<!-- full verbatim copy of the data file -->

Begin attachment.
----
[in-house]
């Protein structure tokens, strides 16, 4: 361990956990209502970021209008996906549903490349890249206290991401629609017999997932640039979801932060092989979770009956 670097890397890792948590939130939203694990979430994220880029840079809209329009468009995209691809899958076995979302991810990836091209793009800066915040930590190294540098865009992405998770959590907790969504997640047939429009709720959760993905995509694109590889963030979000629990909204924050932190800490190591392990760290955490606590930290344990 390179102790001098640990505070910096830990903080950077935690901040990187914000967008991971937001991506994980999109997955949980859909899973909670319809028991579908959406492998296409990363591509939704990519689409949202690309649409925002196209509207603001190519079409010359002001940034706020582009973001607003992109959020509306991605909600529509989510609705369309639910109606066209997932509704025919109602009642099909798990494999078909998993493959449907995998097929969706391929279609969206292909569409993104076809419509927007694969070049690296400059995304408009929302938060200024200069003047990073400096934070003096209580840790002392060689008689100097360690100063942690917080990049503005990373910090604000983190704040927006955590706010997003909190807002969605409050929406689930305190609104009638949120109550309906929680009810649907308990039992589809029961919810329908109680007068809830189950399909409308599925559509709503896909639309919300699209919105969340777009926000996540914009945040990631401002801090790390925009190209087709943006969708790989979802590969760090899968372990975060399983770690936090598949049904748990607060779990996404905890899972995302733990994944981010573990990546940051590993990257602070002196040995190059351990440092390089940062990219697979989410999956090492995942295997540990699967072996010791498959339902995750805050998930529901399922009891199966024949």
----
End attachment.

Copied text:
[in-house]
């Protein structure tokens, strides 16, 4: 361990956990209502970021209008996906549903490349890249206290991401629609017999997932640039979801932060092989979770009956 670097890397890792948590939130939203694990979430994220880029840079809209329009468009995209691809899958076995979302991810990836091209793009800066915040930590190294540098865009992405998770959590907790969504997640047939429009709720959760993905995509694109590889963030979000629990909204924050932190800490190591392990760290955490606590930290344990 390179102790001098640990505070910096830990903080950077935690901040990187914000967008991971937001991506994980999109997955949980859909899973909670319809028991579908959406492998296409990363591509939704990519689409949202690309649409925002196209509207603001190519079409010359002001940034706020582009973001607003992109959020509306991605909600529509989510609705369309639910109606066209997932509704025919109602009642099909798990494999078909998993493959449907995998097929969706391929279609969206292909569409993104076809419509927007694969070049690296400059995304408009929302938060200024200069003047990073400096934070003096209580840790002392060689008689100097360690100063942690917080990049503005990373910090604000983190704040927006955590706010997003909190807002969605409050929406689930305190609104009638949120109550309906929680009810649907308990039992589809029961919810329908109680007068809830189950399909409308599925559509709503896909639309919300699209919105969340777009926000996540914009945040990631401002801090790390925009190209087709943006969708790989979802590969760090899968372990975060399983770690936090598949049904748990607060779990996404905890899972995302733990994944981010573990990546940051590993990257602070002196040995190059351990440092390089940062990219697979989410999956090492995942295997540990699967072996010791498959339902995750805050998930529901399922009891199966024949």